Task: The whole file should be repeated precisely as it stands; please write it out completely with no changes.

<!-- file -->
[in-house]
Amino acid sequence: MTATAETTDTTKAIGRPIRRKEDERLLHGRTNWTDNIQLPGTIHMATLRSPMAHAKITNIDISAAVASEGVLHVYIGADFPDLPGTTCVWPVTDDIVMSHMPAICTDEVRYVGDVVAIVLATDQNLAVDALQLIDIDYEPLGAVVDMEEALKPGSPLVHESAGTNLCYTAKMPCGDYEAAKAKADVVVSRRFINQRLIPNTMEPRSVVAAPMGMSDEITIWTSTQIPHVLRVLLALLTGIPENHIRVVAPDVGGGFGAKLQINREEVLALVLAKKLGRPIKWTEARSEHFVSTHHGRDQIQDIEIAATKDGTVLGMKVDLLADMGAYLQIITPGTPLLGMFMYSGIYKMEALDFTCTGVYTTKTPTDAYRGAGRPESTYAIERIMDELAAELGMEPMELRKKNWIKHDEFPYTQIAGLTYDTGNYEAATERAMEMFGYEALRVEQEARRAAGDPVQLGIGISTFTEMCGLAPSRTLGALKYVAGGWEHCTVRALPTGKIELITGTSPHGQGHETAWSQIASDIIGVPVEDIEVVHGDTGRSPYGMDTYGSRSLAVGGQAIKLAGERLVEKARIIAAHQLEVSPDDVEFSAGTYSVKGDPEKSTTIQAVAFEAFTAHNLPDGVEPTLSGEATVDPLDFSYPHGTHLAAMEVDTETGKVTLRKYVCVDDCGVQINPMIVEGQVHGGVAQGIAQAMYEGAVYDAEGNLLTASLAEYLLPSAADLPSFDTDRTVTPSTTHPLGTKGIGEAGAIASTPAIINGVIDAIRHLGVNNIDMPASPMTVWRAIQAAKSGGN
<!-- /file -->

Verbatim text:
[in-house]
Amino acid sequence: MTATAETTDTTKAIGRPIRRKEDERLLHGRTNWTDNIQLPGTIHMATLRSPMAHAKITNIDISAAVASEGVLHVYIGADFPDLPGTTCVWPVTDDIVMSHMPAICTDEVRYVGDVVAIVLATDQNLAVDALQLIDIDYEPLGAVVDMEEALKPGSPLVHESAGTNLCYTAKMPCGDYEAAKAKADVVVSRRFINQRLIPNTMEPRSVVAAPMGMSDEITIWTSTQIPHVLRVLLALLTGIPENHIRVVAPDVGGGFGAKLQINREEVLALVLAKKLGRPIKWTEARSEHFVSTHHGRDQIQDIEIAATKDGTVLGMKVDLLADMGAYLQIITPGTPLLGMFMYSGIYKMEALDFTCTGVYTTKTPTDAYRGAGRPESTYAIERIMDELAAELGMEPMELRKKNWIKHDEFPYTQIAGLTYDTGNYEAATERAMEMFGYEALRVEQEARRAAGDPVQLGIGISTFTEMCGLAPSRTLGALKYVAGGWEHCTVRALPTGKIELITGTSPHGQGHETAWSQIASDIIGVPVEDIEVVHGDTGRSPYGMDTYGSRSLAVGGQAIKLAGERLVEKARIIAAHQLEVSPDDVEFSAGTYSVKGDPEKSTTIQAVAFEAFTAHNLPDGVEPTLSGEATVDPLDFSYPHGTHLAAMEVDTETGKVTLRKYVCVDDCGVQINPMIVEGQVHGGVAQGIAQAMYEGAVYDAEGNLLTASLAEYLLPSAADLPSFDTDRTVTPSTTHPLGTKGIGEAGAIASTPAIINGVIDAIRHLGVNNIDMPASPMTVWRAIQAAKSGGN